It is nearly two years since Sue MacGregor ceased to be the female voice of the Today programme, but she still cares about it. She is content to wait until Lord Hutton publishes his report before rushing to firm conclusions on who did what in the saga that led to the suicide of Dr David Kelly, but feels it necessary to issue a stern warning in advance to her former colleagues at the BBC: "It would be a very great shame if the odd slip that may have got one or two people into trouble was an excuse for [installing] executive editors on programmes who turned them into bland mush. I think we must all be on the alert, very much on the alert."
MacGregor is certain that "nobody will escape some sort of censure, least of all the BBC, and one can expect that a few knuckles will be rapped, but I do hope the BBC doesn't go into a horribly cautious mode."
After nearly four decades in BBC news and current affairs, MacGregor knows how readily the corporation can do that. As a veteran, she might even be imagined to support the "Pathé news tendency" at Television Centre (where Today is based) who believe that the programme should revert merely to reporting news instead of trying to make it. She does not. "Today always wants to make news and its best editors have tried to make sure that it does. It is at its best when it makes you stop whatever you are doing and think: 'This is a radio moment. This is a dangerous time.'"
Does the current editor, Kevin Marsh, meet that standard? She is generous. "I wish I'd worked under Kevin, because I never have. The jury is still out on him and he has got all the Gilligan/Hutton stuff to deal with."
So she still listens intently to her old programme? "Oh yes! I did before I joined. It was my wake-up call when I was doing Woman's Hour. I listened when I first came over from South Africa and it was still being done by Jack de Manio. It was always part of my agenda, and it is now, though from a horizontal position until at least seven o'clock."
That freedom to sleep in has made a huge difference to her life. Another change is that, for the first time in years, she is able to have political opinions. Pointedly referring to the row over broadcasters who moonlight in print journalism, she says: "Those of us who weren't writing columns in national newspapers were meant to be strictly neutral." Last summer she found herself at an event where "I heard myself answering a question by saying 'Well, of course, the Tories are currently unelectable.' Afterwards I thought, 'Oh God! Did I say that? How appalling. Shall I row back on that?' And then I thought: 'No, I'm allowed to say that now.' It was a great, breakthrough moment."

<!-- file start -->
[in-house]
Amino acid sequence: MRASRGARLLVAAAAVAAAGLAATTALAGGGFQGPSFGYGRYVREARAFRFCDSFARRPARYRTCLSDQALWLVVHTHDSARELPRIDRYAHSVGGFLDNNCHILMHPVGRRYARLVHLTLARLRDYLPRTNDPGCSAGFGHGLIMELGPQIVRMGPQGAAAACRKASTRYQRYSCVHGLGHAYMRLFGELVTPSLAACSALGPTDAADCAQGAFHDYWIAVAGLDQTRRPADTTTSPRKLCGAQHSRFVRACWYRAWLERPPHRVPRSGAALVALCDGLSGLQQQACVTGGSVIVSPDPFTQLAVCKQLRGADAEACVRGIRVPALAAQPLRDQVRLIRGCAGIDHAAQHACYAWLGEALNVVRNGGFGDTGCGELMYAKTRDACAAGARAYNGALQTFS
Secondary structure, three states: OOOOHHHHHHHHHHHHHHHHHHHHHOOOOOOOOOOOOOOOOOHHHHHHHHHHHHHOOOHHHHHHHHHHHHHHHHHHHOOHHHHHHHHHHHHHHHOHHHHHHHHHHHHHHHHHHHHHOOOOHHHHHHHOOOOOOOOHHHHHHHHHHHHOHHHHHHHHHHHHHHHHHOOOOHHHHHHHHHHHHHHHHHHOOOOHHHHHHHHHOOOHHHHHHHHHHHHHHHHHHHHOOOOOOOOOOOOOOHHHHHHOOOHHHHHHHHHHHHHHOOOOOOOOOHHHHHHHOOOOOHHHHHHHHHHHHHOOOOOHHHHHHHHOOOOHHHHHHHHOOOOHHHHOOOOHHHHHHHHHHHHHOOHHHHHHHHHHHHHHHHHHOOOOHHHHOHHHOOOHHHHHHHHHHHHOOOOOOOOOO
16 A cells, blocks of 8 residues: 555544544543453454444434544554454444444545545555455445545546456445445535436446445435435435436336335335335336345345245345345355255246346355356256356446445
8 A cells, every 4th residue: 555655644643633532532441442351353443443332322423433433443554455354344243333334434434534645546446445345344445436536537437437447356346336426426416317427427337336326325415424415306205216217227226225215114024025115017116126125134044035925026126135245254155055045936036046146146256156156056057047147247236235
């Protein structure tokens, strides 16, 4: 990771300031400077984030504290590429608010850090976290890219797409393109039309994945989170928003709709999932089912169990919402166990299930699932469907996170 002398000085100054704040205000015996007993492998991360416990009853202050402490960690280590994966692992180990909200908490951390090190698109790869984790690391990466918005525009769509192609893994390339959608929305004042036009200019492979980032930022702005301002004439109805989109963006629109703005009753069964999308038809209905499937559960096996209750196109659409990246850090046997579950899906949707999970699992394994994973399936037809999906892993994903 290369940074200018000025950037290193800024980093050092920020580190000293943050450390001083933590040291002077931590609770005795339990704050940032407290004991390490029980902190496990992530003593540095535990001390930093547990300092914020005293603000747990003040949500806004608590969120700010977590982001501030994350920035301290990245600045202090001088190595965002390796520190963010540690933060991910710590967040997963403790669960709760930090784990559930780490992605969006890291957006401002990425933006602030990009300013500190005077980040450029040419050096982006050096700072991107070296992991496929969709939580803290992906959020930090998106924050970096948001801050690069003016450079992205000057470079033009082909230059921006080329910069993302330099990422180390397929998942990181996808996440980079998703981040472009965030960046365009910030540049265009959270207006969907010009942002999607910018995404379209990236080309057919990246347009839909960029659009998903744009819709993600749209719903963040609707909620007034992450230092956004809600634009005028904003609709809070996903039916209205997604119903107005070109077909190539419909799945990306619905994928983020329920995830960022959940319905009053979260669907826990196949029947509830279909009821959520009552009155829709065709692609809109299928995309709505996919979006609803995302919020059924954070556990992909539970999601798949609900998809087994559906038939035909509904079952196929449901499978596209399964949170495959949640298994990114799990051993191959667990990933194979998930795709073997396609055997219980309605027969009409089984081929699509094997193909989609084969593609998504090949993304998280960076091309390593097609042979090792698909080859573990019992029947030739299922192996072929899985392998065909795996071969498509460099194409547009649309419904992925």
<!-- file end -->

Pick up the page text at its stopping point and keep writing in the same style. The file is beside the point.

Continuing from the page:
MacGregor admits that she misses the buzz of live presenting. Two months after quitting Today in March 2002 she thought: "Uh, uh. I'm missing this. I'm missing the deadlines and I'm missing live programmes." That summer she was invited back to make a series reflecting on the Queen's jubilee. She has also presented The Reunion for Radio 4 and returns today with A Good Read, a books programme.
But, she says: "Much as I enjoy doing these programmes, they are recorded and I have a dreadful impatience with things that have to be done and then cut and put together again. Live, you try and get it right first time, which generally works. When you are allowed the slack of recording in the studio I do find the adrenalin harder to summon up."
She certainly does not rule out a return to live news-presenting. "I don't imagine anyone would make an approach to me at such a venerable age [she is 61], but it would be something I would consider." Then she inserts an urgent caveat: "Not those early hours again. I would never, ever, do that. Not even if I was paid £1m. I would never get up at 3am."
She means it. MacGregor was unique in leaving the most prestigious job in broadcasting voluntarily. Poor Brian Redhead died before he could retire. Peter Hobday was sacked without as much as a formal farewell. MacGregor picked her own moment. Does she imagine that her friend John Humphrys will make the same decision? "I heard him drop a hint that he would go sort of now-ish, if I go back to what he said then. But I see no signs of it." She thinks Humphrys will be hard to replace. "I have sat next to John on Today since 1987. There is no doubt he is the programme. He gives it an extra dimension."
MacGregor has a few regrets about her time on Today. She wishes she had not been out of contact on the night of the Lockerbie air crash. "I was out to dinner with friends and they were ringing round all of us and John, who was quite new on the programme then, got the call and sort of made his Today reputation by his coverage. It was absolutely up his street. I don't mean he glories in tragedy, but he was brilliant at that."
She also wishes she had been able to interview the Queen. She would have given Her Majesty a hard time. Hints of MacGregor's residual radicalism emerge when she recalls a recent encounter at a Buckingham Palace garden party. "She is absolutely unwavering in her apparent unease in the company of people who aren't interested in horses, but one suspects that underneath there is probably quite a jolly person there," she says. "She was pretty relaxed, and I found myself exchanging a few words with her, and then she spotted Trevor McDonald.
"She put her gloved hand on my arm, unconsciously, in a sort of delight at seeing one of her favourite telly people, and I was abandoned and she shot off to talk to him."Reuse content